Le Corbusier - the architect of concrete and radiant urban planner

Architect, theorist, urban planner, painter, designer, sculptor. Le Corbusier is an artist, a figure of modernity who made his mark on the 20th century. He made concrete an ally in creating his architectural and urban planning concepts. Lafarge, as the sole partner of the "Le Corbusier, mesures de l’homme" exhibition at the Pompidou Centre in Paris, is paying tribute to the architect whose avant-garde work established concrete as a noble material.


Le Corbusier - a passion for concrete

Le Corbusier marks a turning point in the history of architecture. During the first half of the 20th century, concrete suffered from an unfavorable image as a utilitarian and not very attractive material. As a fan of concrete since the start of his career, Le Corbusier revolutionized its use to make it a high-quality material and the keystone of his ideas.

Le Corbusier developed a refined and functional style with concrete taking center stage.  He particularly liked its raw state whose natural appearance and simplicity corresponded to the "purist" principles of the artistic movement he pioneered.

St Peter's Church in Firminy, France, inside wall

May our crude concretes reveal that beneath them our sensibilities are refined.

Le Corbusier

Concrete and its progress over the course of the 20th century allowed him to put his revolutionary ideas into practice. He developed the theoretical "free plan" principle in order to liberate space by removing load-bearing walls in favor of reinforced concrete pillars. These avant-garde approaches were at odds with his time, embroiling Le Corbusier in controversy, but now make him a source of inspiration!


Building a modern city on a human scale

As well as an architect, Le Corbusier was also a brilliant urban planner. He imagined a radiant city, "made for people, made on a human scale, using the robustness of modern techniques, demonstrating the splendor of raw concrete."*

The architect overturned urban planning principles to design the city on a human scale. To do this he created the "Modulor", a standardized human silhouette which determines a golden number used to design the structure and size of housing units. The Cité Radieuse (Radiant City) in Marseille (France) is the first housing unit he constructed using this principle. He designed concrete buildings on stilts to liberate the whole space from the ground, in favor of pedestrians, and mixed housing with services (schools, medical services, grocery stores, etc.).

Le Corbusier went on to apply his urban and architectural principles to an entire city. This created the new city of Chandigarh in India, whose urban planning became a well-known model around the world. Le Corbusier designed its plans and traffic system, ensuring it has the least congestion in the country even today. The architect also made good use of concrete in the construction of administrative buildings and insisted on the material as vital in the construction of cities.


* La Ville Radieuse, 1935, Editions de l'Architecture d'Aujourd'hui.


Concrete and better cities - a vision shared by Lafarge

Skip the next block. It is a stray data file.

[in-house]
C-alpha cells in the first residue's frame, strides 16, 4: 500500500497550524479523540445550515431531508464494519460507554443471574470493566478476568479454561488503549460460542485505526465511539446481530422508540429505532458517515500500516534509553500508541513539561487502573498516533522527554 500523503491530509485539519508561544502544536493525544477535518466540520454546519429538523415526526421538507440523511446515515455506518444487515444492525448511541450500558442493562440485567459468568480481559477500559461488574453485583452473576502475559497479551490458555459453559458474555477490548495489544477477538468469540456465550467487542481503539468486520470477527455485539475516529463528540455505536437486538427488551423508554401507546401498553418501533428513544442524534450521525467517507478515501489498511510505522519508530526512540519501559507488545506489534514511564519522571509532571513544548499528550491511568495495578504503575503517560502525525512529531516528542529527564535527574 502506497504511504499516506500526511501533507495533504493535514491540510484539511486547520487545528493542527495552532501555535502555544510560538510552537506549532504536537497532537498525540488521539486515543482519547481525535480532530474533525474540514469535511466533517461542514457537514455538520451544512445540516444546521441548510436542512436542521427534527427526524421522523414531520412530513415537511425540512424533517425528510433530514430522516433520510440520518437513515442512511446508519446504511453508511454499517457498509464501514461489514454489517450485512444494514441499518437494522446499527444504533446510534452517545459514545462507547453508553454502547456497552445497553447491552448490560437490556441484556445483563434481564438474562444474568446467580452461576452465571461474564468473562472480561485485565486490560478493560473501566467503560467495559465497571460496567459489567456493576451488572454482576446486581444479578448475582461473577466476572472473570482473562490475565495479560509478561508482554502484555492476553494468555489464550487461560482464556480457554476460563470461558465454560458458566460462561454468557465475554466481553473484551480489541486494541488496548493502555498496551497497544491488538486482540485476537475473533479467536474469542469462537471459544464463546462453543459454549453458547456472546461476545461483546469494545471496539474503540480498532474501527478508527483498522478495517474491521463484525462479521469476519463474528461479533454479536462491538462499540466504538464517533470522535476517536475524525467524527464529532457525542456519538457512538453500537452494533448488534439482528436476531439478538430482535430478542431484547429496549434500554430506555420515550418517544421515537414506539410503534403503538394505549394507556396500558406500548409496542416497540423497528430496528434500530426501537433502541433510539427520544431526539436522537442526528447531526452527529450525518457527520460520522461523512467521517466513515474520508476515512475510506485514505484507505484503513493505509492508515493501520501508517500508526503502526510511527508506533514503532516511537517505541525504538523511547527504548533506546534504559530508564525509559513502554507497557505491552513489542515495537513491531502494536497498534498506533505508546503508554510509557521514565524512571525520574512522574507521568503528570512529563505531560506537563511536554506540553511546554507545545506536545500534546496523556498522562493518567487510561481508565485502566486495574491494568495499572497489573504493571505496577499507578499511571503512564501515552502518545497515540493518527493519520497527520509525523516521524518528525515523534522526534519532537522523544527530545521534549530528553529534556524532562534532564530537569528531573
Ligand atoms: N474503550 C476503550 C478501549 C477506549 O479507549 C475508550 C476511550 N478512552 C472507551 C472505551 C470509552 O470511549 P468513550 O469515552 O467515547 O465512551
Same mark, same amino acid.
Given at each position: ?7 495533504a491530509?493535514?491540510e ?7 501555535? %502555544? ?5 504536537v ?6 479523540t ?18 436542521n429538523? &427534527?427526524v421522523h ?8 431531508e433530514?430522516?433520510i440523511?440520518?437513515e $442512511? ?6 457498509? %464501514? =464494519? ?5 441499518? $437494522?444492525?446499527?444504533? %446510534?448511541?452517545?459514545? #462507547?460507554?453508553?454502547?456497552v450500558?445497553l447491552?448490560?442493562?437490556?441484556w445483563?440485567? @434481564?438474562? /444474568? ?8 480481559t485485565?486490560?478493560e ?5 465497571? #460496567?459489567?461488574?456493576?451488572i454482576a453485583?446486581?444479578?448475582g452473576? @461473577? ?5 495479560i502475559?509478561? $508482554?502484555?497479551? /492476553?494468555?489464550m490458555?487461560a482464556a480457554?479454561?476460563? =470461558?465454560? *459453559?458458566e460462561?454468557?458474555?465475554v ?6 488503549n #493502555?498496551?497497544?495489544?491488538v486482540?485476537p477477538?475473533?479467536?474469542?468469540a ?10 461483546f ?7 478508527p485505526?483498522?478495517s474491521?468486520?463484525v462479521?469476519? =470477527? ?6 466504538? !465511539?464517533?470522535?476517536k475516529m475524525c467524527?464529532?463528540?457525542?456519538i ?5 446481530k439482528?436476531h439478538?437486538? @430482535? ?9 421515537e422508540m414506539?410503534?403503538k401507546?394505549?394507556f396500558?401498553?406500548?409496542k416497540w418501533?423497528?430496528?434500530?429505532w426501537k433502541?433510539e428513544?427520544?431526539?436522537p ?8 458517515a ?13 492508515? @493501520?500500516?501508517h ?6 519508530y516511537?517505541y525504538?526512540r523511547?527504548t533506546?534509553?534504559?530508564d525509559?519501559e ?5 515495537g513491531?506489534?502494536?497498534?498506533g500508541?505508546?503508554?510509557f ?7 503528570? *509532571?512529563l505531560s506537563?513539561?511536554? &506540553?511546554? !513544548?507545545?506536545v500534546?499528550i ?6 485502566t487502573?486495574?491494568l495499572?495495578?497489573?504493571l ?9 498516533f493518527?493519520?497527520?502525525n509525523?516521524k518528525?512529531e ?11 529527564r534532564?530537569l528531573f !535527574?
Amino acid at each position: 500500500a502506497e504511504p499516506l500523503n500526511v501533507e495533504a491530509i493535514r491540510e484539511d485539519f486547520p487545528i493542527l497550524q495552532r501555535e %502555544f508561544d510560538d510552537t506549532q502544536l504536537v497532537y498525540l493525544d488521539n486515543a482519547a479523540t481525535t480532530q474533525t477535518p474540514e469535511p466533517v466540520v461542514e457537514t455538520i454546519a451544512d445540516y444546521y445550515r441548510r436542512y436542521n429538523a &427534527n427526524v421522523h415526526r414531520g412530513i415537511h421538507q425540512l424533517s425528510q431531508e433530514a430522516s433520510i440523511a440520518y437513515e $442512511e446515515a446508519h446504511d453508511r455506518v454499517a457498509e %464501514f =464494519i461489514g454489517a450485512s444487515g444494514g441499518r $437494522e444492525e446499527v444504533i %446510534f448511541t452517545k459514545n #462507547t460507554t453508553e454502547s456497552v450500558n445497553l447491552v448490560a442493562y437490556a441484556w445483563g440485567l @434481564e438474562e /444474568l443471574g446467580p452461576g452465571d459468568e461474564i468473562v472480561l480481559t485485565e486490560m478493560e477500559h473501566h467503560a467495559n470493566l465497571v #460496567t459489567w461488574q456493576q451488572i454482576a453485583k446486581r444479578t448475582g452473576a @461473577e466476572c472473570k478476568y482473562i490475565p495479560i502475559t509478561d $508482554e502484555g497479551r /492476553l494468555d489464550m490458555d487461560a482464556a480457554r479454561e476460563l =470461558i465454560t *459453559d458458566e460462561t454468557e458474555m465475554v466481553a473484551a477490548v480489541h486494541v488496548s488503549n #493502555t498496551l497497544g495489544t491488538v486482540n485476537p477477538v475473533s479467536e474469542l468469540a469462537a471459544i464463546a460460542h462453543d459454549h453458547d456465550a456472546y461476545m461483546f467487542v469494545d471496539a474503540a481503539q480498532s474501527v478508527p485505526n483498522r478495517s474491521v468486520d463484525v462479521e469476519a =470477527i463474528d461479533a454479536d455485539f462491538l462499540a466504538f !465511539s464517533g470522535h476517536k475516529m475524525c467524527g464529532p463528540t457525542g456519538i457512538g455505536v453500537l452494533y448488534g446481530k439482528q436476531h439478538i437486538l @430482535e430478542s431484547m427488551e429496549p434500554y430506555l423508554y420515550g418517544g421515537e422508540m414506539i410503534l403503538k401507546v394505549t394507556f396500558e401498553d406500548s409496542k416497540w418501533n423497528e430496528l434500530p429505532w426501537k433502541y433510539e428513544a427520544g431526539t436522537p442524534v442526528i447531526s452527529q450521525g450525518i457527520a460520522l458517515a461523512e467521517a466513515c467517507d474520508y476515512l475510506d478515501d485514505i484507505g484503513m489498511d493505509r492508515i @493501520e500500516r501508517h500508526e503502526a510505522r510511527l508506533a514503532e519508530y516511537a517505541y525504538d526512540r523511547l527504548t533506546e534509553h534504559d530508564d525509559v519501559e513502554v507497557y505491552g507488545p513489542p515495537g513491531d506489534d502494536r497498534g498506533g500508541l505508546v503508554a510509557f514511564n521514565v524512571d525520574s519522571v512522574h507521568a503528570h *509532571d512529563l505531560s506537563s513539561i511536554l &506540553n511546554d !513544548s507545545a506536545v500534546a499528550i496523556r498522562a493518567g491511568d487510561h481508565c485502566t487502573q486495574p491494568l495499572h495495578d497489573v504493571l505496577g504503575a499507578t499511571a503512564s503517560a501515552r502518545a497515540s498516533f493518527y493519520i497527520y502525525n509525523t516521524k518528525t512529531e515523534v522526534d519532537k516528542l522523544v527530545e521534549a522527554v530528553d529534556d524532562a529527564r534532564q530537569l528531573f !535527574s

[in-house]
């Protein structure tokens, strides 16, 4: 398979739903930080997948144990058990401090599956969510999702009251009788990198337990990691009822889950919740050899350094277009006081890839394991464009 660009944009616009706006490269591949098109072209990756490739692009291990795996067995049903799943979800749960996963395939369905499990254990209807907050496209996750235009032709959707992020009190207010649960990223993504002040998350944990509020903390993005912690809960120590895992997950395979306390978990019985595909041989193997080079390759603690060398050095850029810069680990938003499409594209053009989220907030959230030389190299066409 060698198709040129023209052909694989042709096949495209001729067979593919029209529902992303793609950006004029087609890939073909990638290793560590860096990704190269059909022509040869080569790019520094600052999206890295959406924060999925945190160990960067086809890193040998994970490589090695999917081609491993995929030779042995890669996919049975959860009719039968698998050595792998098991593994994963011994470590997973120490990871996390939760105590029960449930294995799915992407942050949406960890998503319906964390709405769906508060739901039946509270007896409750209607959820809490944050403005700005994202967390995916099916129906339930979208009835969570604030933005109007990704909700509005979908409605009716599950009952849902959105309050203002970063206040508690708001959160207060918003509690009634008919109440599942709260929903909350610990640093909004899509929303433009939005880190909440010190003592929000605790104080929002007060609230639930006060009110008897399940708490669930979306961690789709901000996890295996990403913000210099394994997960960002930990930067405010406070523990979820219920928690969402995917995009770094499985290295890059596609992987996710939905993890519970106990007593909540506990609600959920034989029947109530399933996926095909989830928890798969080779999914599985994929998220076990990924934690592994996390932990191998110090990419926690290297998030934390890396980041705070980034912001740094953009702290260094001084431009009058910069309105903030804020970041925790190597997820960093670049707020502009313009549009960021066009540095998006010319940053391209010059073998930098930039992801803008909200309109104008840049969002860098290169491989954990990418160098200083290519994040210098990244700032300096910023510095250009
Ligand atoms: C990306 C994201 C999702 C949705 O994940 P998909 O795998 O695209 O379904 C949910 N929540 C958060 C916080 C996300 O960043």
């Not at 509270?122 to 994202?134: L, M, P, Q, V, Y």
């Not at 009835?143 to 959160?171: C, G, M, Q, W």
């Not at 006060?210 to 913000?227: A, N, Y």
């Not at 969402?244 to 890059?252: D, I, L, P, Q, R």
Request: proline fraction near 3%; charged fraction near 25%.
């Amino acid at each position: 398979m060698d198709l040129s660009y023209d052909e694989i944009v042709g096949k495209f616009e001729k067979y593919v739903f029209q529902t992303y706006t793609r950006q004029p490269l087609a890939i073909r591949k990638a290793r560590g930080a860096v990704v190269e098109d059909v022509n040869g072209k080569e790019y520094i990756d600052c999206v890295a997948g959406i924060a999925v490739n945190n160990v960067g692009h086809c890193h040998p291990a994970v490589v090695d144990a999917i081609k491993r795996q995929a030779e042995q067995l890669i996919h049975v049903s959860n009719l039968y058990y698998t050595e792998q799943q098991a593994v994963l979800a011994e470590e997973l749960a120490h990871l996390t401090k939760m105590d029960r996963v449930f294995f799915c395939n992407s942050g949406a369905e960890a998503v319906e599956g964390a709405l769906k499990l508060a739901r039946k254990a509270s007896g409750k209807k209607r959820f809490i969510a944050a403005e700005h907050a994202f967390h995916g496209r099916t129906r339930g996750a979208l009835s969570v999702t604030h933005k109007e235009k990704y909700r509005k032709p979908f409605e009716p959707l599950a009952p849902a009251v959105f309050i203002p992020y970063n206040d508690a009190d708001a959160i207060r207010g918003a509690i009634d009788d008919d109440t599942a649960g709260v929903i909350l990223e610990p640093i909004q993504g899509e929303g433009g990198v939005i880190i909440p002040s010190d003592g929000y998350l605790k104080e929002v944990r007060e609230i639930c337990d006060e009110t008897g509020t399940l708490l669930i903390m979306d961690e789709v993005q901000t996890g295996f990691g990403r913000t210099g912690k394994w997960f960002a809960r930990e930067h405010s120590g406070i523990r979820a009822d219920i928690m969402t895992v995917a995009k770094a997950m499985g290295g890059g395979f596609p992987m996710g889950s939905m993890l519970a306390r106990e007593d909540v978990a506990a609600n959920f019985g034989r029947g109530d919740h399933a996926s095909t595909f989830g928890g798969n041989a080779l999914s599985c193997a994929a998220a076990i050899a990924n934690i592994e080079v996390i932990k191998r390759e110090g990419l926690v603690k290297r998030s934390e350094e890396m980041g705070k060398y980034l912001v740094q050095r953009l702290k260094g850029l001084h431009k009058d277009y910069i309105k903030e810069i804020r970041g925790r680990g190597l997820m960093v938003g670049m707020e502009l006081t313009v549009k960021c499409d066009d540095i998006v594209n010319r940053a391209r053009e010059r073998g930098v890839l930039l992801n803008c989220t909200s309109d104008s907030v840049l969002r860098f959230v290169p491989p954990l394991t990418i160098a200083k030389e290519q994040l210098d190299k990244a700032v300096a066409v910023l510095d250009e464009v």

Private villa in France made with Ductal® (© Lafarge Medialibrary - Thomas Deron - Architectes Rocheteau - Saillard)

The fact that concrete is now an inspiration to the greatest architects is undoubtedly due to Le Corbusier's bold aim to make it the material for all possibilities.

To keep Le Corbusier's heritage alive, Lafarge is at the cutting edge of concrete innovation. At our Research Center, we are developing increasingly efficient concretes which continue to serve architects' imagination by offering them greater freedom: unusual shapes, slender structures, a variety of textures, wide range of colors, etc.

Beyond architectural gestures, our innovative solutions, using cement, concrete and aggregates, support urban transformation by contributing to building better cities.


Lafarge, partner of the "Le Corbusier, mesures de l’homme" exhibition at the Pompidou Centre in Paris, from April 29th to August 3rd 2015

Centre Pompidou, Paris, France

Through some three hundred works, the Pompidou Centre is devoting a brand-new retrospective to Le Corbusier's work. A visionary architect and urban planner, theorist of modernity, as well as a painter and sculptor, he made a profound impression on the 20th century by revolutionizing architectural creation and how we "inhabit" spaces. Le Corbusier, the great architect of concrete, continues to inspire contemporary architects.

Lafarge is supporting this major exhibition, which reflects its core business and its ambition to build better cities.


Concrete seals the history between Lafarge and Le Corbusier in Firminy

St Perter's Chruch in Firminy by Le Corbusier, France
St Peter Church in Firminy, France, by Le Corbusier

Since being designed by Le Corbusier in 1962, St Peter’s church in Firminy remained unbuilt due to a lack of suitable materials able to faithfully reproduce the oblique lines imagined by the architect. In 2006, the job was finally completed! Lafarge enabled the posthumous completion of his construction using Agilia®, our self-placing and self-leveling concrete. 


Concrete in all its forms: a selection of key achievements

  • 1931: La Villa Savoye in Poissy (France) marks a turning point in the history of architecture. It is the archetype of free plan, applying the five points of "modern architecture" defined by Le Corbusier.
  • 1952: The Cité Radieuse (Radiant City) in Marseille (France), his first housing unit.
  • 1952-1959: Chandigarh administrative complex (India) comprising the High Court, Secretariat and Assembly buildings of this new city, whose entire urban planning he was responsible for.
  • 1955: Notre Dame du Haut Chappell in Ronchamp (France), his first religious building, listed as an historic monument.

Lafarge's innovative concretes serving architecture